Cork are playing Limerick. It’s your first time in Páirc Uí Chaoimh. Your cousin Sean was there before, and for the Clare match too, but he’s seven and you’re only six.
Your friend Conor is coming too. He’s the best hurler in your class but you’re faster at running.
You spend the whole day pucking your sliotar against the wall of the house, scoring goals for Cork. You can’t wait for half-past four, that’s when your dad said ye’ll be leaving. You run into the house loads of times to check the kitchen clock.
Your mam gives you fish fingers and waffles before ye go, your favourite. You’d love if she was coming too, but she can’t.
Your dad parks the car in some rugby pitch and Conor asks how will they play rugby with all the cars. Your dad says they don’t play rugby in summer. You ask why. Because the ground is too hard, he says. You don’t understand, but you don’t want to ask him to explain.
There’s loads of cars everywhere and people too. The pub is boring before the game and you and Conor have to stand for ages while your dad drinks beer and watches some other game on the telly.
The stand in Páirc Uí Chaoimh is huge and there’s another pitch just in front of it. The under 14s from the club played there last summer. You’d love to do that, it’d be class, but they don’t let under 8s play there. You and Conor puck a ball to each other while your dad smokes before going inside.
There’s millions of steps up to the top of the stand and your legs get really tired, but you don’t say anything. Conor’s face is red and he asks your dad for a drink. Ye both get Coke but dad has to hold them while ye hold the flags and the hurleys.
The noise is SO loud when the teams come out and they walk behind a band on the pitch. You look back at the girl from Limerick who is sitting behind you and she has her fingers in her ears and her eyes closed.
When Limerick have a man sent off, your dad leans into you and says: ‘We have them now, Cian,’and he winks at you. But Limerick keep scoring and dad starts shouting at the Cork players about the short puck outs.
After half time he is shouting a way more and giving out to the ref too for all the frees that Cork should have got. You don’t like when he shouts. Patrick Horgan, your hero, scores a goal and everybody jumps up and you wave your flag and everybody is shouting ‘Cork, Cork, Cork, Cork,’ and it’s class.
But then Limerick get more scores and it looks like they are going to win because they’re winning and when you ask your dad, he says there’s only five minutes left. You leg is jumping the way it does when you get nervous at school but you can’t stop it. You think you might cry when Limerick get another point but you don’t. The man from Limerick is really loud.
Then Cork get some points and they’re winning and your dad is shouting ‘Blow it up, ref,’ but the ref doesn’t and Limerick get another point and it’s a draw.
You are kind of happy Cork didn’t lose, and you’re kind of happy the match is over, but your dad is giving out to the man beside him. Then he shakes hands with the man from Limerick behind ye, who talks with a funny accent, and you hold out your hand to the girl, who is looking straight at you.
She takes your hand and shakes it and then she blushes and you think you are blushing too. Then Conor shakes hands with her. When ye turn back around, Conor gives you a puck with his elbow and you puck him back harder.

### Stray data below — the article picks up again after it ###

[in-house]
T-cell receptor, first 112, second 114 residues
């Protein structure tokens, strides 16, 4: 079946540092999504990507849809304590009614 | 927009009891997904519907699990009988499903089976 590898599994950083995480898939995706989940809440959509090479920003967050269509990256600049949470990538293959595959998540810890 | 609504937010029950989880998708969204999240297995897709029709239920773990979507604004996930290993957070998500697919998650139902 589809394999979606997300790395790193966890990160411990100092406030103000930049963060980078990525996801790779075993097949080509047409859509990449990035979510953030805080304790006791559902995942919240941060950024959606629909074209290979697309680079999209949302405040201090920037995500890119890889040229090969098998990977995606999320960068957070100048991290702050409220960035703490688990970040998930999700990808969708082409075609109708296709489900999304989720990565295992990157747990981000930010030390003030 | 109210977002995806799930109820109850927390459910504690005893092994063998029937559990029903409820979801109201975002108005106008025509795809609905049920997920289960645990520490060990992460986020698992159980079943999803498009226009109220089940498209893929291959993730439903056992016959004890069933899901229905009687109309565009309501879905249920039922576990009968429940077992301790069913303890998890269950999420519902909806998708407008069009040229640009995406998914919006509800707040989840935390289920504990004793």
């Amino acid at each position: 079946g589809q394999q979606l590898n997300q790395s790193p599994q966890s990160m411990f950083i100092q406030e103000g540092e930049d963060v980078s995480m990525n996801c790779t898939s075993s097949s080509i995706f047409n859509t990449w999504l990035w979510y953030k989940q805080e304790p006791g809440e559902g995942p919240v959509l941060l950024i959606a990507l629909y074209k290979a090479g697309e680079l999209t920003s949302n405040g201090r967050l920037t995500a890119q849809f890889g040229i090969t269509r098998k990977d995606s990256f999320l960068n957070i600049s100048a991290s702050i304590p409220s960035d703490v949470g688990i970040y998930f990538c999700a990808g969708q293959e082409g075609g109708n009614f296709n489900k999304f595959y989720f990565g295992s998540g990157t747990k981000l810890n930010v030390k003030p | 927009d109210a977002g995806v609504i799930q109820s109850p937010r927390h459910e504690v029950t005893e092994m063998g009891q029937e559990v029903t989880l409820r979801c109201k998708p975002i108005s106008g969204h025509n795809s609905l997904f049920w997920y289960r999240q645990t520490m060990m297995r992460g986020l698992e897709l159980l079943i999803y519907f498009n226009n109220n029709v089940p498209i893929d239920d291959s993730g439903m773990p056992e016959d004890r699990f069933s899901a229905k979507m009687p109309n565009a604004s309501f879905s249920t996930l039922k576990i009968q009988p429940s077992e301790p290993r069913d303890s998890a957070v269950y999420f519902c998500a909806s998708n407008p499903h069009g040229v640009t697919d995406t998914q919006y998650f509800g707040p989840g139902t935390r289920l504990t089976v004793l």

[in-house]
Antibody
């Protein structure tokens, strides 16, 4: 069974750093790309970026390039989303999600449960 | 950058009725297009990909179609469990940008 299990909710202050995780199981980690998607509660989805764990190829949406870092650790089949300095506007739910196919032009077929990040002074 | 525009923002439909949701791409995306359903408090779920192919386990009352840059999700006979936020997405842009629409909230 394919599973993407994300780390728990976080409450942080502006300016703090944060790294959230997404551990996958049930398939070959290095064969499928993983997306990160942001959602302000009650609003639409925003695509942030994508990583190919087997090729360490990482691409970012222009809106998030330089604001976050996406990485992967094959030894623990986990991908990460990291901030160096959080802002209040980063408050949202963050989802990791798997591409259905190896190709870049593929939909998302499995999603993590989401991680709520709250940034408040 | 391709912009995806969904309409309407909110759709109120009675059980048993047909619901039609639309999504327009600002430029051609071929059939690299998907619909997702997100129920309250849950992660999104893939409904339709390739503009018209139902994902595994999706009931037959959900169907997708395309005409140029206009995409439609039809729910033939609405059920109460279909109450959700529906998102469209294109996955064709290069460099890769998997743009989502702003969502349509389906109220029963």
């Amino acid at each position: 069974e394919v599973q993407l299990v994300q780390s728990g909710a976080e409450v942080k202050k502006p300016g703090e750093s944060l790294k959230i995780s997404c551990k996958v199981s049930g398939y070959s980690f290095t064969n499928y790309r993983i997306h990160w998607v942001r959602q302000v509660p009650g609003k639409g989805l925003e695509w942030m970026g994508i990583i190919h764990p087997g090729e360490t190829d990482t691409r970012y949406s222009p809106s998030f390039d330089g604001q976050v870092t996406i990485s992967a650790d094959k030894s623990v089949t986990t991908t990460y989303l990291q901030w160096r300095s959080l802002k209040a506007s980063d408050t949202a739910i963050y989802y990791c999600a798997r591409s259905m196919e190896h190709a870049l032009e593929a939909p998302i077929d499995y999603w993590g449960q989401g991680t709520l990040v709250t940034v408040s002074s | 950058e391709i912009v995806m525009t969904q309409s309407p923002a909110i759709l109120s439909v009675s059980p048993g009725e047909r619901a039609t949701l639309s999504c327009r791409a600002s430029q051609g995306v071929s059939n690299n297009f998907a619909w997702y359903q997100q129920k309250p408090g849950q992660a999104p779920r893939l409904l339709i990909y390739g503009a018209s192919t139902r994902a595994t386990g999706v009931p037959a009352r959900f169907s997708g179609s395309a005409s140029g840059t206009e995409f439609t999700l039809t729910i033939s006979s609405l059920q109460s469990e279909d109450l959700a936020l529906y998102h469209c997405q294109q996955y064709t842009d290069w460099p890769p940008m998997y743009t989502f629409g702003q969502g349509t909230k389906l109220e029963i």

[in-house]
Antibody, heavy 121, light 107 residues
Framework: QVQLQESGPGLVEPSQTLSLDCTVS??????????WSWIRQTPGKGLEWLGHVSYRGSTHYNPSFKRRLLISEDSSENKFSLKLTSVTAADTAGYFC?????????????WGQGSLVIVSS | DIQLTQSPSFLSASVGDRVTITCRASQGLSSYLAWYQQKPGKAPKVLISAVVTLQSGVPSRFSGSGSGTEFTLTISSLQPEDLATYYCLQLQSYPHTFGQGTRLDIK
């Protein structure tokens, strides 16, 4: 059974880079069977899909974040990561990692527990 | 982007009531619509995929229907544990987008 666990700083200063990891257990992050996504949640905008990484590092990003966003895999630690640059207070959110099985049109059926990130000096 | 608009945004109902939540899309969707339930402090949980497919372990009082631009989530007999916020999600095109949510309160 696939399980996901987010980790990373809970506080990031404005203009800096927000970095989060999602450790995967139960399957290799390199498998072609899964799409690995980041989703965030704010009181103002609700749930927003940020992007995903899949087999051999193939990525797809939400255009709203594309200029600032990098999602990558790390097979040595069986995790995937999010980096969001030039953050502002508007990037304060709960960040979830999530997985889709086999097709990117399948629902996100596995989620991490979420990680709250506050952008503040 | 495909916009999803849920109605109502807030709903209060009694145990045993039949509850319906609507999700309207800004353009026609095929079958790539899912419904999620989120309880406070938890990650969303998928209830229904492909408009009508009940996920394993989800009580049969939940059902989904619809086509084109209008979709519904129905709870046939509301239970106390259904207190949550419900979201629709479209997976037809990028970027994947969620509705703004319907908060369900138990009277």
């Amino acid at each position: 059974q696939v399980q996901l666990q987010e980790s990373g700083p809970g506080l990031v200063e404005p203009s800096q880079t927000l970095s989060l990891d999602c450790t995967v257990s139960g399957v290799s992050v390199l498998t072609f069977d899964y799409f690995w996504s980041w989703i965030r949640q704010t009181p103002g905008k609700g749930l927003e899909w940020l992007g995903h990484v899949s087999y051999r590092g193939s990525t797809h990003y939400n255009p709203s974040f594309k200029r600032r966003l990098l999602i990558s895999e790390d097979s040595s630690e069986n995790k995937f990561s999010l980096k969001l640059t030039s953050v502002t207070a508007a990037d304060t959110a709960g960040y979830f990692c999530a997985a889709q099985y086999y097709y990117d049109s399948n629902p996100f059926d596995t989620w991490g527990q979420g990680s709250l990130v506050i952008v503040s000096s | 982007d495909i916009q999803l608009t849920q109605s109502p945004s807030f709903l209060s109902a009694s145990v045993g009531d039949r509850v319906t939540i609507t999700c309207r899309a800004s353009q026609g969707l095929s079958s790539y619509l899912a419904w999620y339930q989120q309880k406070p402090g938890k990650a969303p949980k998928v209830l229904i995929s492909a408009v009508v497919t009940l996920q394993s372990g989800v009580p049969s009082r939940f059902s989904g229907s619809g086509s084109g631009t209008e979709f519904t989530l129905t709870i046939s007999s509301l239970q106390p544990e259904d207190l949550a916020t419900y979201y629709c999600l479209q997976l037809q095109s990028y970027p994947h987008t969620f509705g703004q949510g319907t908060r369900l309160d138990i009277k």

There’s thousands of people going out at the same time and then up a hill when everybody is close together. Your dad warns ye both to stay just in front of him, but Conor drops his sliotar and it rolls back down the road and Conor runs after it between all the people. Your dad shouts at him and gives out to him when he catches up again and he takes the sliotars off the both of us. But he gives them back again when ye are waiting in the queue to get out of the rugby pitches and ye puck around where there’s no cars.
When you get home you run into the house to tell your mam all about it, but she’s not there. She’s gone out with Trish, dad says. So you and Conor take turns at scoring goals for Cork against the wall, like Patrick Horgan did.
You wish you had a small brother or a sister who could be the Limerick back that Patrick Horgan ran around, but you don’t. So ye just both run in a bit and hit the ball against the wall, into the Limerick goal, as hard as ye can. Conor can hit it really hard and sometimes you do too.
Conor’s mam comes to pick him up when it’s getting dark and you go inside. Your dad is watching golf on the telly and drinking a bottle of beer. You ask him to make you a ham sandwich and if you can stay up late.
He says no, you’ll have to be in bed when your mam comes home or he’ll be in trouble. You ask him if Cork will beat Waterford and if you can go with him to it. He says Cork will win, for sure, but he’ll have to see about going, it’s a long drive. You ask him if he thinks you’ll play for Cork some day and he smiles and rubs your hair and says of course you will. You like it when he smiles.
He makes the sandwich but he doesn’t cut off the crusts like your mam does. You eat the sandwich but not the crusts. You drink some milk with them. You throw the crusts into the bin.
When you go back in, your dad is asleep and you’re tired too. There is golf on the telly, and it’s SO boring. You wonder how your dad can sleep and hold onto the bottle of beer at the same time.
You close your eyes on the couch, hoping your mam will be home soon, so you can tell her about the match. You think about scoring goals for Cork, goals for Cork, goals for Cork.
Picture: Evening Echo